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Re: [Mingw-users] snprintf and __USE_MINGW_ANSI_STDIO

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On 16/11/16 18:28, Burkhardt, Glenn B        UTAS wrote:
> On 16/11/16 13:50, Burkhardt, Glenn B        UTAS wrote:
>> It looks like "snprintf" and friends don't have the same
>> definitions to use the ANSI stdio functions like printf, fprintf,
>> and sprintf do. The result is that if __USE_MINGW_ANSI_STDIO is
>> defined, and -Wall is used, there are compile time warnings if
>> specifications like "%lld" are used.
> On Wed 11/16/2016 11:28, Keith Marshall wrote:
>> This is nothing whatsoever to do with __USE_MINGW_ANSI_STDIO, 
>> (which you really SHOULDN'T define yourself, BTW; use appropriate
>>  _POSIX_C_SOURCE, or _XOPEN_SOURCE definitions instead).  This
>> is just evidence of the inherent dumbness of GCC's printf format 
>> warnings.
> I have to disagree with you.  The problem is the omission of the 
> correct definition for "snprintf" with __USE_MINGW_ANSI_STDIO 
> defined.

No, it isn't ... at least not entirely.

> It works for "printf", and "sprintf".

Again, no it doesn't ... if you compile your code as C++, you will see
those -Wformat messages, regardless.

> This small program:
> #define __USE_MINGW_ANSI_STDIO 1

That's just asking for trouble; it may work (fortuitously) today, but
I could change the semantics associated with the interpretation of this
INTERNALLY RESERVED macro tomorrow, and break your code, and I will not
feel the slightest remorse over your problem.  Use _POSIX_C_SOURCE, or
_XOPEN_SOURCE, (or even _GNU_SOURCE), to make your usage safe.

> #include <stdio.h>
> int main() { long long x = 0x100000000L; char buff[128];
> printf("%lld\n", x); sprintf(buff, "%lld\n", x); printf("%s",
> buff); snprintf(buff, sizeof(buff), "%lld\n", x); printf("%s",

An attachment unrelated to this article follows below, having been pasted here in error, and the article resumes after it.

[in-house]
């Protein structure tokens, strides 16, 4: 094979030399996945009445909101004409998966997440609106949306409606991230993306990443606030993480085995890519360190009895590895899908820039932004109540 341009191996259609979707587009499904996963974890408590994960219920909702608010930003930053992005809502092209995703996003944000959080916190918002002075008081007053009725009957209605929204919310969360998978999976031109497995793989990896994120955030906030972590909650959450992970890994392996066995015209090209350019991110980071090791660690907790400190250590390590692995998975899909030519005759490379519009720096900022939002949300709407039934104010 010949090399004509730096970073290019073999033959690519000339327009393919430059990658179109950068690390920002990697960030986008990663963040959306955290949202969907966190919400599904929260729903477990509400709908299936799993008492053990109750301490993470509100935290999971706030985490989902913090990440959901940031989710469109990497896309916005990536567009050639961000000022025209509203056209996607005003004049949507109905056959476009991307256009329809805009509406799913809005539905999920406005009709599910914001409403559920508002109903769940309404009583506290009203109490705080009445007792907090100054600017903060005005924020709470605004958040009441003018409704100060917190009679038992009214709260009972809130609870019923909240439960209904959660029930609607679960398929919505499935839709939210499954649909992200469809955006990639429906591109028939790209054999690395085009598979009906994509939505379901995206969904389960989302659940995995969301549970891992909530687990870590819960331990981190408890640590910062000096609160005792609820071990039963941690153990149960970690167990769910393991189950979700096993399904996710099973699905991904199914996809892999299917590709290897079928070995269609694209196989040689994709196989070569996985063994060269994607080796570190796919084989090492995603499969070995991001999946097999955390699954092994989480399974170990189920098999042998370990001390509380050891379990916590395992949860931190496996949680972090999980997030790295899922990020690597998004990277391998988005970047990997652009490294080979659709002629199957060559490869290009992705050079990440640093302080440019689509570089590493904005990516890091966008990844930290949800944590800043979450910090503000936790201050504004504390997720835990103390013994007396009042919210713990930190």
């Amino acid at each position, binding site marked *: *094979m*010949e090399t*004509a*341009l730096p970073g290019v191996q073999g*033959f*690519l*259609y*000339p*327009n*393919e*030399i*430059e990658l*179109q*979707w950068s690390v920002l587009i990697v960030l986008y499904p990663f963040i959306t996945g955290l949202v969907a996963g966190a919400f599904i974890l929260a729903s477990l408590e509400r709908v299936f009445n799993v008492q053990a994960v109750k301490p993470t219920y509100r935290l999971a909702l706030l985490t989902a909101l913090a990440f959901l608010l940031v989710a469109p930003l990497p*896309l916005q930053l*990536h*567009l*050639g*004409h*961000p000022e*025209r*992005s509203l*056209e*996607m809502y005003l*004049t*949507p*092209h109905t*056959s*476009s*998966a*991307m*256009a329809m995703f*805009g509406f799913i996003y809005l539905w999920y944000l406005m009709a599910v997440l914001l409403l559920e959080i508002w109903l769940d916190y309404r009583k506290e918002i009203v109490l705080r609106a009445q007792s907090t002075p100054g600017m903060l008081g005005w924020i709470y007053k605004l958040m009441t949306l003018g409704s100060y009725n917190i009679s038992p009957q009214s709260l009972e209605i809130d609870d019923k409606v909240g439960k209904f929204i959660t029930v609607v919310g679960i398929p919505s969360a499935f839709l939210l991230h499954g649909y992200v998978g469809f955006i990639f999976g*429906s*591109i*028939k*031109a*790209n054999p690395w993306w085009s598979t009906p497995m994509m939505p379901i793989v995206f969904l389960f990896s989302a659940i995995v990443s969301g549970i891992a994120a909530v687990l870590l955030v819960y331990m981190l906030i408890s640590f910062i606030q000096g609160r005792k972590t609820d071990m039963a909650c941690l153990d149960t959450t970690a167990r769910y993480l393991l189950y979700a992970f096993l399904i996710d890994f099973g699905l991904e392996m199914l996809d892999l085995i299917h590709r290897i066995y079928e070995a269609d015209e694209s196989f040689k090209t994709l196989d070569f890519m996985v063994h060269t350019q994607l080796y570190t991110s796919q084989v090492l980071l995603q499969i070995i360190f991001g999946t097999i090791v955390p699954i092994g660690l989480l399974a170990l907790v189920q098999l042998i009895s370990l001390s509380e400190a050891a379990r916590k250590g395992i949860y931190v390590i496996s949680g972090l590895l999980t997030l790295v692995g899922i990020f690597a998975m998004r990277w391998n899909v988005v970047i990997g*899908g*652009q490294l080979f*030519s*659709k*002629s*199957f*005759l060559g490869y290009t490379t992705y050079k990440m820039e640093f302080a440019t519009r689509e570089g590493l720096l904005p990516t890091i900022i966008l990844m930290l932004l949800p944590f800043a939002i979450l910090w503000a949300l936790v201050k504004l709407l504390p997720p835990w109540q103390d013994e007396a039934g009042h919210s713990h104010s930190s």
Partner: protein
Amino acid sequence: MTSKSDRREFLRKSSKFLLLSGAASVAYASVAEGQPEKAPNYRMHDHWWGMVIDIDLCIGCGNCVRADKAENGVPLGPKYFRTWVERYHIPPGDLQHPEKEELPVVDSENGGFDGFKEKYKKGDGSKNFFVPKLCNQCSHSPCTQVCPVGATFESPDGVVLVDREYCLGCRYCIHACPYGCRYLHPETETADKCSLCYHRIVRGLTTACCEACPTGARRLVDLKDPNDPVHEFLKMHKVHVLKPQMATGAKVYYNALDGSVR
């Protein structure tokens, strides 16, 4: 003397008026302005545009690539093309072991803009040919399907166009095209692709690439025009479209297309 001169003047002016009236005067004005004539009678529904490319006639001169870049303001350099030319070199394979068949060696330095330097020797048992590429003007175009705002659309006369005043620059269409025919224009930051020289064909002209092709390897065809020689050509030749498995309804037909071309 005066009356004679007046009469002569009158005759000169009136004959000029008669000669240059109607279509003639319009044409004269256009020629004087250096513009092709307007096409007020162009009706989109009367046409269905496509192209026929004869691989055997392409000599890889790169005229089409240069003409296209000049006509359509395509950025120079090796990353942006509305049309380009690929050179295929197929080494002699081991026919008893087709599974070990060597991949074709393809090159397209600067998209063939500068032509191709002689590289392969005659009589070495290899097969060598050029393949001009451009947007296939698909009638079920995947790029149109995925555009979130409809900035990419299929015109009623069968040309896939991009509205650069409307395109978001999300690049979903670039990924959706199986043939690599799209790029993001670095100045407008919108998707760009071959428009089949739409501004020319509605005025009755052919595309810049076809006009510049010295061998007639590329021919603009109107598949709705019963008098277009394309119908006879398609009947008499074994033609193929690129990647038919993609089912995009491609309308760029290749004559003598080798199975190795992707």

> buff);
> return 0; }
> gives these warnings: $ gcc -g -Wall tt.c -o tt tt.c: In function
> 'main': tt.c:12:5: warning: unknown conversion type character 'l'
> in format [-Wformat] tt.c:12:5: warning: too many arguments for
> format [-Wformat-extra-args]

And I get the same diagnostics, repeated for each of the printf() and
sprintf() calls too, if I add -xc++ to compile your simple program as
if it were C++ code.

> But the "snprintf" call works properly.  The output is: 4294967296 
> 4294967296 4294967296

Of course it does; the implementation correctly interprets both the "ll"
and the "I64" format modifiers, regardless of any bogus assumptions made
by GCC/G++ at compile time.

> Call me fastidious, but I find that compiler warnings often alert
> me to real errors in the code.  False positives waste my time.

Right; and -Wformat is a known source of false positives.

> BTW, the correct format specifiers for int64_t, viz, PRId64, are 
> wrong when using __USE_MINGW_ANSI_STDIO.  That's another bug.

No, it is not.  The implementation understands "I64d", (which is what
PRId64 represents), to mean IDENTICALLY the same as "lld"; this is
correct BY DESIGN, so it certainly is not a bug.  In fact, if you use
"%" PRId64 in your example program, the bogus -Wformat messages go away;
(of course, you do need to define __STDC_FORMAT_MACROS, before including
<inttypes.h>, to make the C++ case work).

> Also, for what it's worth, this all works properly with the
> headers from the MinGW-w64 fork of the MinGW code, and on every
> Linux system I use.

Whatever behaviour you observe on Linux isn't remotely germane to any
discussion of MinGW behaviour; OTOH, if you believe that the mingw-w64
folks have a solution, which works equally well for BOTH C and C++, and
you can offer me a patch, I will certainly consider it.

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